The first shot shows the hard eyes of Dixon Steele (Humphrey Bogart) reflected in a rearview mirror. He’s already looking back. Or looking for a fight, which he nearly finds at a stoplight when the husband of a chatty actress in the aligning convertible gets proprietary. Dix is a Hollywood screenwriter who hasn’t had a hit since before the war. He’s going to a place where the movie people drink, and he’ll leave that place with a fetching young hat-check girl named Mildred Atkinson (Martha Stewart). Dix takes Mildred back to his place, not for sex, but to provide him with a synopsis of a schmaltzy novel he’s been solicited to adapt. Poor Mildred will leave Dix’s but she’ll never make it home, and Dix will become a prime suspect in her murder.
This morbid set-up, however, gives birth to something new. Dix’s spell at the police station facilitates the first blush of a romance between Dix and his new neighbor, Lauren Gray (Gloria Grahame), a struggling starlet as cool, cagey and clever as he is. Theirs will be a romance poisoned with ambiguities. Dix is a veteran with a terrifying temper problem and a history of violence. Is it possible that he really did kill Mildred? Lauren keeps her own history shrouded in mystery, but her regular sessions with a butch masseuse suggest she’s no stranger to romantic disaster. Dix is all-in from the get-go, and Lauren seems drawn to the promise of a shared life, but she doesn’t trust him. The title of In a Lonely Place (1950) invokes the nocturnal locus where Mildred met her end, but, in this film about lonely people rushing headlong into intimacy, the title could also refer to the winnowing enclosure of a lover’s embrace.
Now available from Criterion, In a Lonely Place is one of my favourite films. It’s an acidulous reflection on Tinseltown shallowness, but unlike the equally masterful Sunset Boulevard, released the same year, it inhabits an emotional terrain miles from satire. It’s a noir heartbreaker—more heartbreaking with every viewing, it seems—and a fiercely personal work for its key players. The marriage between Grahame and director Nicholas Ray was disintegrating during production. Ray focuses scene after scene on either the deep pleasures of domestic interdependence or the sometimes thrilling, sometimes asphyxiating chokehold of love. Grahame, whose character gradually emerges as the film’s protagonist, delivers a brilliantly controlled performance as a woman both in love and in trouble in a film brimming with women forced to modulate their behaviour to accommodate desperate men. Bogart, whose independent production company, Santana, produced In a Lonely Place, gives the most complex and vulnerable performance of his career.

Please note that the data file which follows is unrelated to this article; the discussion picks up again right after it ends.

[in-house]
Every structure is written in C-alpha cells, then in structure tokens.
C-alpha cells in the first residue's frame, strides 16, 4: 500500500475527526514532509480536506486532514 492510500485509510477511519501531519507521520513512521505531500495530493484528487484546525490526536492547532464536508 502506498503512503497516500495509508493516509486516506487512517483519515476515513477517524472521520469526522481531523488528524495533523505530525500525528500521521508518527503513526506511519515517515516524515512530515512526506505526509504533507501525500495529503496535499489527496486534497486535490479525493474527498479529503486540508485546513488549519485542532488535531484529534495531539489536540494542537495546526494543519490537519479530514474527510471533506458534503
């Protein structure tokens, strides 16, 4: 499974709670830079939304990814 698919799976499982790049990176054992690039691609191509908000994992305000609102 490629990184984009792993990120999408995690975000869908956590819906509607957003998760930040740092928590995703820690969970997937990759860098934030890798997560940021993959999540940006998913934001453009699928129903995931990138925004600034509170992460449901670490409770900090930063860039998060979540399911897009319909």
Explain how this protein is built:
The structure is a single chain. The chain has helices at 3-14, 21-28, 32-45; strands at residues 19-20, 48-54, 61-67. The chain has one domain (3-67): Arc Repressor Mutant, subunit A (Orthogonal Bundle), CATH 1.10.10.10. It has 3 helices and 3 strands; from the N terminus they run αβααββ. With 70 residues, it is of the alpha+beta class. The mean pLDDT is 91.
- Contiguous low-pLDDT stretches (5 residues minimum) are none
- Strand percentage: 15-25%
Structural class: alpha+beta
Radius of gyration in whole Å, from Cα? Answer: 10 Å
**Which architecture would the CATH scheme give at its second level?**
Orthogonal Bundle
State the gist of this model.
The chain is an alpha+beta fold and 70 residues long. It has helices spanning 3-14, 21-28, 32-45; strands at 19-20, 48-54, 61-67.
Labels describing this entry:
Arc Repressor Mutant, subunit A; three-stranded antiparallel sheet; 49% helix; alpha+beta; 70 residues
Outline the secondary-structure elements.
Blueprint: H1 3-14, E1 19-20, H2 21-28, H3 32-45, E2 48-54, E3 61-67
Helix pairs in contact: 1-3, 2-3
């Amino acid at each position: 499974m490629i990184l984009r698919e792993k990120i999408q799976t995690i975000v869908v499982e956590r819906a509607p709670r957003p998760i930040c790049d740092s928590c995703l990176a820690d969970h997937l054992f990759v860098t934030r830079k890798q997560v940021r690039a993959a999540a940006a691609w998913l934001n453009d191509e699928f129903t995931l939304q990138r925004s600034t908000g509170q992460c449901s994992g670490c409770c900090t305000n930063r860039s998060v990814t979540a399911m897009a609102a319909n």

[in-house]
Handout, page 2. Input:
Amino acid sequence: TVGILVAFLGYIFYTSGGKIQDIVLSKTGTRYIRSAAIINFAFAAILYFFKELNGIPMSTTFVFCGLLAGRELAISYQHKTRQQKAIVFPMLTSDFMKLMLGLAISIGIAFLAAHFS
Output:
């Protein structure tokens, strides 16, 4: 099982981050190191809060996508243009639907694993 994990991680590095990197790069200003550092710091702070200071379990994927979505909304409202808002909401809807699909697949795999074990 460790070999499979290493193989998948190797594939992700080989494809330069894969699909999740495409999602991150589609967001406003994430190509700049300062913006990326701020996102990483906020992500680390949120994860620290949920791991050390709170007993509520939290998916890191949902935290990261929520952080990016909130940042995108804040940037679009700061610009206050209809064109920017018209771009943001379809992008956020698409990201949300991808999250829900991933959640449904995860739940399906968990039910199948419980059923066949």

Dix presents himself as another of Bogart’s trademark wise-cracking tough guys, but as the story progresses the film reveals the inherent wounds, insecurities and proximity to fury seldom plumbed in such characters—at least outside of the work of Ray, whose subsequent films include On Dangerous Ground, Bigger Than Life and Rebel Without a Cause. In keeping with the tenets of good Hollywood screenwriting by which Dix abides, In a Lonely Place deepens Dix’s character not through exposition but, rather, through action. And through acting. The casting of Bogart and the significantly younger Grahame as lovers might initially seem just another example of Hollywood age-gender cliché, but take a look at the scene where Dix and Laurel laugh and smoke at the piano bar and tell me of a sexier adult movie pairing. More importantly, Bogart’s age—and he looks old—plays a substantial role in the film’s devastating finale, as does Dix’s oft-commented-upon refusal to show emotion. Dix indeed plays it cool until he’s either overtaken by rage or by his painful adoration for Lauren. Or, alas, both. “I’ll never let you go,” Dix says to Lauren. And, in a sense, to us. I’ve been returning to this Lonely Place for at least a dozen years, and it hasn’t let go of me yet. V